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Tuesday, 7 June 1994
Page: 1433

(Question No. 1236)

Senator Jones asked the Minister representing the Treasurer, upon notice, on 16 March 1994:

  With reference to the answers to question on notice No. 299 (Senate Hansard, 2 September 1993, page 905) and question on notice No. 890 (Senate Hansard, 15 March 1994, page 1637) relating to the proceeds of deposits of cheques awaiting final clearance:

  (1) What amount of money from cheques awaiting clearance did Australian banks invest in the past 3 financial years.

  (2) What was the profit to Australian banks from invested cheques awaiting clearance in the past 3 financial years.

  (3) What was the return to bank customers from invested cheques awaiting clearance in the past 3 financial years.

  (4) Where does this interest payment appear on financial statements made to bank customers.

  (5) Is the interest earned in the period the cheques await clearance shown as a separate item on the interest-earned section of the bank statement to their customer.

  (6) Is the sum of cheques awaiting clearance invested on the international overnight money market.

  (7) When cheques are from accounts in the same branch of a bank, can they receive same day clearance.

Senator Cook —The Treasurer has provided the following answer to the honourable senator's question:

  The series of issues raised in Parts (1) to (6) of Senator Jones' questions are most appropriately addressed together.

  As I noted in my response to a previous question on this subject, depending on the nature of the account to which the cheque is credited, banks in Australia pay interest or reduce overdrafts from the day a cheque is deposited. Banks do not maintain separate records of the amounts involved or interest accruing to customers during the clearing cycle. Interest credits shown on customer accounts include, but do not separately identify, interest paid on cheque deposits awaiting clearance.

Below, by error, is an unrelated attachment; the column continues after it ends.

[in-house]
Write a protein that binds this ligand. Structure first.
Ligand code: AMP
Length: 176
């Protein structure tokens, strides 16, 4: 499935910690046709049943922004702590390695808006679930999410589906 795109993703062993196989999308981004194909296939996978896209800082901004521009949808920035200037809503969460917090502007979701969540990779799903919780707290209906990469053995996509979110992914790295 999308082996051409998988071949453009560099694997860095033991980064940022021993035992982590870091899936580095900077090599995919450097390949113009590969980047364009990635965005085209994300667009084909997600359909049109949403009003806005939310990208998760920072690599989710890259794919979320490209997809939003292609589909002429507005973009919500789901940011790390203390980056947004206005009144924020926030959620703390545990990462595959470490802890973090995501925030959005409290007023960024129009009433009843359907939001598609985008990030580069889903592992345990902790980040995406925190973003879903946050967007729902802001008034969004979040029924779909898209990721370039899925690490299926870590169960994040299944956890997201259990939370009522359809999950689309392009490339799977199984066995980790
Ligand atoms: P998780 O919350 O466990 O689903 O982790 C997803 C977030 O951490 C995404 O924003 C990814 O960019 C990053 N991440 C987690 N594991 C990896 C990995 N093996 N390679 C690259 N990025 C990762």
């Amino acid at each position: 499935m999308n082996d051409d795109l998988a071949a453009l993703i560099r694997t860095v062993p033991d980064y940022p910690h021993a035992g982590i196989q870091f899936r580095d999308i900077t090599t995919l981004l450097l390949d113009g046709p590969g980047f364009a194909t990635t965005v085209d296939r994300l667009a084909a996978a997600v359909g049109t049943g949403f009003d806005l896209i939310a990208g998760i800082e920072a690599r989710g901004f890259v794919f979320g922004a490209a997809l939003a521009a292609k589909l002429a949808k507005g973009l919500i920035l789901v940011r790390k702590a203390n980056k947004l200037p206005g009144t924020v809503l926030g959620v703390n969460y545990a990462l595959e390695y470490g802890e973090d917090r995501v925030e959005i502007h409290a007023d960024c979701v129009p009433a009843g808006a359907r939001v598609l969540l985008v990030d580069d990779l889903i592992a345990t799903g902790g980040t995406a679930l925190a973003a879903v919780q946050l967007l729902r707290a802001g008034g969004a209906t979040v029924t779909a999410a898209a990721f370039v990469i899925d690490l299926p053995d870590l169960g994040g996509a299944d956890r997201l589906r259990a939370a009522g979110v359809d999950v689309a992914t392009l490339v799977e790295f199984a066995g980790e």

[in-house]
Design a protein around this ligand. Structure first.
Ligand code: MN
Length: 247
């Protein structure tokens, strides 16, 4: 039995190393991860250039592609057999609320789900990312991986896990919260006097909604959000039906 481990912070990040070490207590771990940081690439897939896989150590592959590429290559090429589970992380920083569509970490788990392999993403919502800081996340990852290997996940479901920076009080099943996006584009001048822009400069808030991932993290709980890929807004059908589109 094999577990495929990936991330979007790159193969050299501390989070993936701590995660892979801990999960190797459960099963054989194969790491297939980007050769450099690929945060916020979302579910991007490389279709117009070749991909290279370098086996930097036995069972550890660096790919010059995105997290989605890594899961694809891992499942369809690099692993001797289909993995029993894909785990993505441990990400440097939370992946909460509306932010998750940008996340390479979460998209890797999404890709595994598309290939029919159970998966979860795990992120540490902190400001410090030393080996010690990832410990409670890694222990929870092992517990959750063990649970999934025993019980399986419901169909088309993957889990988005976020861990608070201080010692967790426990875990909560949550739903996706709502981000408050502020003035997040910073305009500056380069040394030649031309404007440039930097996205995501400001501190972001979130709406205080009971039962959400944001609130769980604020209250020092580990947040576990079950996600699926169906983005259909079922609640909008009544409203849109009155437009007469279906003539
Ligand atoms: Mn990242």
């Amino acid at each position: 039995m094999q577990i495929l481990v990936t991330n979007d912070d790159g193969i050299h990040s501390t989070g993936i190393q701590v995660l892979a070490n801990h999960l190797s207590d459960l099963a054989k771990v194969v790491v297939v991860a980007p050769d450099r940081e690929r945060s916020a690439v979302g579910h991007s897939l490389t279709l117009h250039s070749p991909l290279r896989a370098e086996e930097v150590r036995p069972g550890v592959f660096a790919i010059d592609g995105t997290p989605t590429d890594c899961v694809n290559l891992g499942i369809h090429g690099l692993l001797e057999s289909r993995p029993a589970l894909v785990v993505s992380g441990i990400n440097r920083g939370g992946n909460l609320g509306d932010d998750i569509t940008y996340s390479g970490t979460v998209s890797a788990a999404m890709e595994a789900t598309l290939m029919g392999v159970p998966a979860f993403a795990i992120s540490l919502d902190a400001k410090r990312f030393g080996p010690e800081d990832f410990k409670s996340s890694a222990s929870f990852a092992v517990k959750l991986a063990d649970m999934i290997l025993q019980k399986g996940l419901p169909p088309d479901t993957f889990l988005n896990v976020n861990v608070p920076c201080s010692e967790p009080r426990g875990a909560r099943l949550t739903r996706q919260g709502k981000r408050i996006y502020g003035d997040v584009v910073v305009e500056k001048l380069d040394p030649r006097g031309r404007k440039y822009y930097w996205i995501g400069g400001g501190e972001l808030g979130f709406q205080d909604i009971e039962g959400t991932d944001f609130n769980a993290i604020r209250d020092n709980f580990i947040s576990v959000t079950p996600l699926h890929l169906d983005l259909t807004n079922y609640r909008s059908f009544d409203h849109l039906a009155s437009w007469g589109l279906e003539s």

Similarly, banks' accounting systems do not identify separately interest earnings on funds invested during the clearing cycle.

  The clearing cycle generates substantial fluctuations in the value of funds banks have available to invest from day to day; they will typically be lenders on one day and borrowers on the next. As a result, investment opportunities for these funds are for the most part very short-term. This points banks to the domestic overnight market, where the major borrowers and lenders are other banks, and dealers in the short-term money market. Rates offered and paid in this market closely reflect the stance on monetary policy, although day-to-day variations in liquidity will also have an impact. Rates are currently around 4.75 per cent per annum.

  In answer to Part (7) of the question, cheque proceeds deposited to an account at the same branch of the bank on which they are drawn will not in the normal course, be immediately available to be withdrawn. However, I understand that most banks have arrangements that allow such cheques to be cleared immediately upon request by the depositor.